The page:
By Manasi Bharati, Psychology/Content Consultant
What is soft work?
Till this date we have heard of hard work and hardworking people, but recently I came across an article that spoke about something called as soft work. Soft work as a concept has been earlier used since the 17th century to define any sort of work or job that requires little or no effort and causes no discomfort. But this got me wondering about what we really mean by soft work and if it even exists in today’s world of work.
In an article titled, “Hard Work Isn’t the Point of the Office”, American author Derek Thompson talks about the casual informal talks and connections at work which he refers to as the ‘soft work’ and considers it to be the most important part of any office. On the other hand, simultaneously, he also tries to refute the importance of soft work and substantiates this claim by evidencing some research around the harms of excessive collaboration at work. Raising this concept in a post-pandemic world is quite interesting since the scope for “soft work” in offices has been reduced. Soft work refers to anything that involves connecting and networking with people at work but based on non-work-related stuff. This can mean getting a coffee with a co-worker, having conversations by the pantry, making plans for outings or sport matches, or catching about the events at home. The pandemic reduced the scope of such socialisation drastically with offices shutting down and most of the employees working remotely.
So what does this mean?
The impacts that the lack of social interaction caused by the pandemic lockdown were two-fold. One was the positive one where organisations saw productivity rise when the office interactions or soft work dipped while the other one was the negative one where loneliness and miscommunication increased leading to creation of siloes within organisations. The COVID-19 pandemic caused a rapid shift across the globe for all sorts of work and workers. For the white-collar jobs in the tertiary sector, this meant moving to working remotely full-time. A study on American employees at Microsoft concluded that remote work led to separation of networks and breaking down of the communication network with more people feeling and being left out of information loops. Moreover, the concepts of in-group and out-group were further strengthened due to increased frequency of communication within close team members (like those working within the same teams) and decreased frequency of communication with outside team members (like colleagues from different departments).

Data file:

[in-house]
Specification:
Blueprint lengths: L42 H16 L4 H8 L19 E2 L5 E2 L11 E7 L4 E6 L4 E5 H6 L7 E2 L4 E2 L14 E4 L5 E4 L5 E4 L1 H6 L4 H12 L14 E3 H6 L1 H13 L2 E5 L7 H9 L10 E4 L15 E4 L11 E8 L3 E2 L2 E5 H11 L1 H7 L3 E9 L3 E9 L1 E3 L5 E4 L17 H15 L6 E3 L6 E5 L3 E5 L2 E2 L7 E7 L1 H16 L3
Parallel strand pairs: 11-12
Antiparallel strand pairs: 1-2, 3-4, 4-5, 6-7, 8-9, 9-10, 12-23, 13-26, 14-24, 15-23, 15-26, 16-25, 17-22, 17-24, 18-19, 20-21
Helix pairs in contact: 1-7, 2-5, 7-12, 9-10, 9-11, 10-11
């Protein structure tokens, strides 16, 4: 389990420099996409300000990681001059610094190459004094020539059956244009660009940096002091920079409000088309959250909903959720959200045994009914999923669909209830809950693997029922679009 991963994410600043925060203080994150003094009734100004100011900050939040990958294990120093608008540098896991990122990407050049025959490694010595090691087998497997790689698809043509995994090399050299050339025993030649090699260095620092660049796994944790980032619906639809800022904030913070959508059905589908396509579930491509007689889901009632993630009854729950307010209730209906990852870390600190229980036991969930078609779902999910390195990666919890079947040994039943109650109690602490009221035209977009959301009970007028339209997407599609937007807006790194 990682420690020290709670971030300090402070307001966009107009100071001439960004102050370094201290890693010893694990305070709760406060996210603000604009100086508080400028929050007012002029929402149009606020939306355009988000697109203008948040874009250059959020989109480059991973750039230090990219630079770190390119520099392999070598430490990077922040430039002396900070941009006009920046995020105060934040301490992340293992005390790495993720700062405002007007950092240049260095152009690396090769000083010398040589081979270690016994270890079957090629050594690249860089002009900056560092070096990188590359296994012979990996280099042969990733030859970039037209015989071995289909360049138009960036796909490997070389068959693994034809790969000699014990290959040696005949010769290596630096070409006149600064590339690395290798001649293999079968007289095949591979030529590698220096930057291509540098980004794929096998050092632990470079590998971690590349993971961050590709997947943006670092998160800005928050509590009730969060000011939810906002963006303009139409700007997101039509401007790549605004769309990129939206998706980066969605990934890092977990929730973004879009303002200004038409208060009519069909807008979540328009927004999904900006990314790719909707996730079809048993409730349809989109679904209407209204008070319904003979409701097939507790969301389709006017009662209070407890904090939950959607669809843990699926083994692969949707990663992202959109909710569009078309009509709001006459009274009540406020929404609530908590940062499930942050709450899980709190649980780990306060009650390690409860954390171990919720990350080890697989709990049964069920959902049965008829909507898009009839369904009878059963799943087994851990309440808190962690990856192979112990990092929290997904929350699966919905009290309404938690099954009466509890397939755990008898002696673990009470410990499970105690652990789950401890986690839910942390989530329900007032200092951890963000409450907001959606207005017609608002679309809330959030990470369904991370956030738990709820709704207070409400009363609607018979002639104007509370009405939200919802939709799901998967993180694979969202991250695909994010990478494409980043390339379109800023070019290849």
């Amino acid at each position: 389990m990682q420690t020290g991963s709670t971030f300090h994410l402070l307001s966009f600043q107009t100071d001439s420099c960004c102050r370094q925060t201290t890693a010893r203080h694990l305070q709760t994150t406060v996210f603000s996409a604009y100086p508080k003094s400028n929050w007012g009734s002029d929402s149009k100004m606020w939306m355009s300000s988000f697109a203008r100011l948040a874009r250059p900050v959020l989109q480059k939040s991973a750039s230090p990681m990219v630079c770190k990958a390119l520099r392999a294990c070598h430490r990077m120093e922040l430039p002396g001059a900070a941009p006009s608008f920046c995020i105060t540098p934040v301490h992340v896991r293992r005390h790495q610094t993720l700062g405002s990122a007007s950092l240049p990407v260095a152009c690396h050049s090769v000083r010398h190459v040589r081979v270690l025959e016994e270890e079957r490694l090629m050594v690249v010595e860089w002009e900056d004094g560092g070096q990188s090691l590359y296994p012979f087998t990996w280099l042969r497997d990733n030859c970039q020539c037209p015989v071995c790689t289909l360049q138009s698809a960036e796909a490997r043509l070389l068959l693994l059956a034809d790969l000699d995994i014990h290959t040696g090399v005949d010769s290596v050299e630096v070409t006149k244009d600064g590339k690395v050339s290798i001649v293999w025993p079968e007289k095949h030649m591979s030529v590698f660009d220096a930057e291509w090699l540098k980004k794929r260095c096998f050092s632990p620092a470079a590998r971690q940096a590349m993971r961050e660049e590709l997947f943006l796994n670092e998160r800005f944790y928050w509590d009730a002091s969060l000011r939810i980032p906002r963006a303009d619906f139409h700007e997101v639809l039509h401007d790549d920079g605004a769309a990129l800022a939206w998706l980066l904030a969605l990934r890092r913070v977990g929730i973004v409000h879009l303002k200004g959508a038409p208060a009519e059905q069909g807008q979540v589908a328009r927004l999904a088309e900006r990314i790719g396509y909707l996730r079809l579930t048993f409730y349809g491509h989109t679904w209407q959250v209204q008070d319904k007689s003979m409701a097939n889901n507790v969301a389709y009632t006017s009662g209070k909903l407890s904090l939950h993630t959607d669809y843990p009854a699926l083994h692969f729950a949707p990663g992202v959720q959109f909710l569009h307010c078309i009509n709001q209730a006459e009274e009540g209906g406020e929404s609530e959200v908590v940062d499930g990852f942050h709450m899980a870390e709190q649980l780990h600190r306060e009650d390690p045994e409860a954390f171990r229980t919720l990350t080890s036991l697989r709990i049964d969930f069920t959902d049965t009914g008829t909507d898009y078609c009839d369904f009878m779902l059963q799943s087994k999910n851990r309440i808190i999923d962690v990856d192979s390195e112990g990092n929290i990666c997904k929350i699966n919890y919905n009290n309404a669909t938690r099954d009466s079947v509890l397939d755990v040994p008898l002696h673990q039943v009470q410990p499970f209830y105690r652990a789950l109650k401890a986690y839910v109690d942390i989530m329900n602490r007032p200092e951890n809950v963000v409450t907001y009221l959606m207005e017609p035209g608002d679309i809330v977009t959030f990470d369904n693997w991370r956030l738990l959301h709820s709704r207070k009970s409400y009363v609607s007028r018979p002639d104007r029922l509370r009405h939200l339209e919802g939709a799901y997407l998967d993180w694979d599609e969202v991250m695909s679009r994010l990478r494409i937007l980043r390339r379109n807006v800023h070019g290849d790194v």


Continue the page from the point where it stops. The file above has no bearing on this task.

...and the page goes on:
Collaboration and inclusion in the workplace through soft work (or simply put, interaction with colleagues) can lead to a reduction in discrimination and inequity, and also levels of fatigue among the employees. Such interactions also have the potential of enhancing the engagement and motivation levels, productivity and work performance. Knowing your colleagues in person or something about them as individuals more than just colleagues or employees allows you to be more open and feel psychologically safe to share ideas with rather than just being another black square on the computer screen or a job title. Such a connection can lead an overall improvement in employee health & wellbeing and also lead to a higher success rate at work and as well as life. But at the same time, it is quite possible to face a collaboration ‘overload’ which has an equal chance of happening when at work in person or while working remotely as well. This may leave you with not enough time for focused individual work or reflection, and may also reduce your productivity.
The final verdict
Looking at the pros and cons of collaboration, it is essential to maintain a balance between the adequate amount of collaboration and excessive collaboration. Derek himself is unable to reach on a conclusion whether collaboration is overall good or bad, and if soft work is needed or not needed. Having too much of communication is not good, as well as having not enough of the communication is also not good, both for the productivity as well as the well-being of the employees and of the organisation. Also, I don’t think that direct terming these conversations as ‘soft work’ is the most appropriate term for having interactions and building relationships with your colleagues. Social interactions are a part of human life, and also of your work. It is not an additional responsibility, rather just a social need more than a social convention. To avoid making your relationships at work static and siloed, there need to be more bridges in order to connect with the necessary information and leave out the information which is not needed to be known by everybody. Not involving all of the team members to make a decision when their opinion is not needed can save a lot of time and effort for everybody involved. On the other hand, when needed, everybody’s opinions concerned with and being affected by that decision should be included. The concept of soft work is thus redundant and individuals should be left on their own to decide when and how frequently do they want to connect with their coworkers, and what do they do in their free time – whether it is to chat, to network, to interact, to gossip or to just reflect on their own – as long as they are able to do their assigned and expected task at work.
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